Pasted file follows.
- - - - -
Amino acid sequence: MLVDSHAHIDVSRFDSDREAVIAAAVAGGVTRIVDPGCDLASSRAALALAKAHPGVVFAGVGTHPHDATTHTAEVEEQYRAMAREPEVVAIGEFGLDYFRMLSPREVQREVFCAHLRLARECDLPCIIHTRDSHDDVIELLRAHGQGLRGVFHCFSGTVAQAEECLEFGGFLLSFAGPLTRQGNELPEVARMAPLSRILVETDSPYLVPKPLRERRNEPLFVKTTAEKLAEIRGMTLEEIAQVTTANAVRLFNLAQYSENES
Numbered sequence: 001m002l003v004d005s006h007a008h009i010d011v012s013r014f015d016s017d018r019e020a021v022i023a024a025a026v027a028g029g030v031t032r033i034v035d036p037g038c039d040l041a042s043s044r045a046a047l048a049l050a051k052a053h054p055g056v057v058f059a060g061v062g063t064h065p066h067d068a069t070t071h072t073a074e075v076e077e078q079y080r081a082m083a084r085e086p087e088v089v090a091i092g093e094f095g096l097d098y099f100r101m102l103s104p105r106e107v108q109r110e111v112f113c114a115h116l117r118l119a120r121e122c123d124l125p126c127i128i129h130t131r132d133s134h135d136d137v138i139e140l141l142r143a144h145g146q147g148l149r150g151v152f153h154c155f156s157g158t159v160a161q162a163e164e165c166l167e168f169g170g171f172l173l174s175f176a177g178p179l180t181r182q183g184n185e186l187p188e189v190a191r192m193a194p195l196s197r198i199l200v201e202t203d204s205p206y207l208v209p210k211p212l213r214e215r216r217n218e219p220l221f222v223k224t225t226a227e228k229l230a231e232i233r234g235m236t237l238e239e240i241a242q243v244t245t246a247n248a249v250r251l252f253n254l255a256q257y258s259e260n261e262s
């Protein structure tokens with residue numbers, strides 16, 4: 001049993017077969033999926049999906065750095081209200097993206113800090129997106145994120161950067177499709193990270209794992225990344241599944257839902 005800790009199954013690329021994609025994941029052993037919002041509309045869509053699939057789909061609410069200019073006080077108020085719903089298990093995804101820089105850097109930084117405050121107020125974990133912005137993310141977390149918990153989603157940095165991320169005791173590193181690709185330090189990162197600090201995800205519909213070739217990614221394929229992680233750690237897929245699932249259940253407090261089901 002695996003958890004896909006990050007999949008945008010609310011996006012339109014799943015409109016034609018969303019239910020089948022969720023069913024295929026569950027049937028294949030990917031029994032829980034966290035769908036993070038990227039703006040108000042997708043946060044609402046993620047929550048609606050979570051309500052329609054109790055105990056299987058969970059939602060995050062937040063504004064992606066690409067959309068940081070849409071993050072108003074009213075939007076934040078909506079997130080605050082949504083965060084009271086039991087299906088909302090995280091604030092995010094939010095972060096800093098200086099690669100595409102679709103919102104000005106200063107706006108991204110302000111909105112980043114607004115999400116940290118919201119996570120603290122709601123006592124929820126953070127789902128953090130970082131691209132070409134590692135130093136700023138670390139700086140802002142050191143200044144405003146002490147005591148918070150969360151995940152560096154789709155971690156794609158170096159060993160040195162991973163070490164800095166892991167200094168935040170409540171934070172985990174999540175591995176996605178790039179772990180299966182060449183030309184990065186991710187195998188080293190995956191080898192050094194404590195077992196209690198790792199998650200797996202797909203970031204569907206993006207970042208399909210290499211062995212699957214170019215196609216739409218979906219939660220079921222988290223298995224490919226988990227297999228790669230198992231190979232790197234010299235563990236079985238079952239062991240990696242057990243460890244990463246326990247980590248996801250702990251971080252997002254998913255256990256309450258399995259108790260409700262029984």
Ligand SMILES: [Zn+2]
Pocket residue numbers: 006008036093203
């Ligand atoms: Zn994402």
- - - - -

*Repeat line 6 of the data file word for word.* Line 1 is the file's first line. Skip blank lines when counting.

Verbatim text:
């Ligand atoms: Zn994402």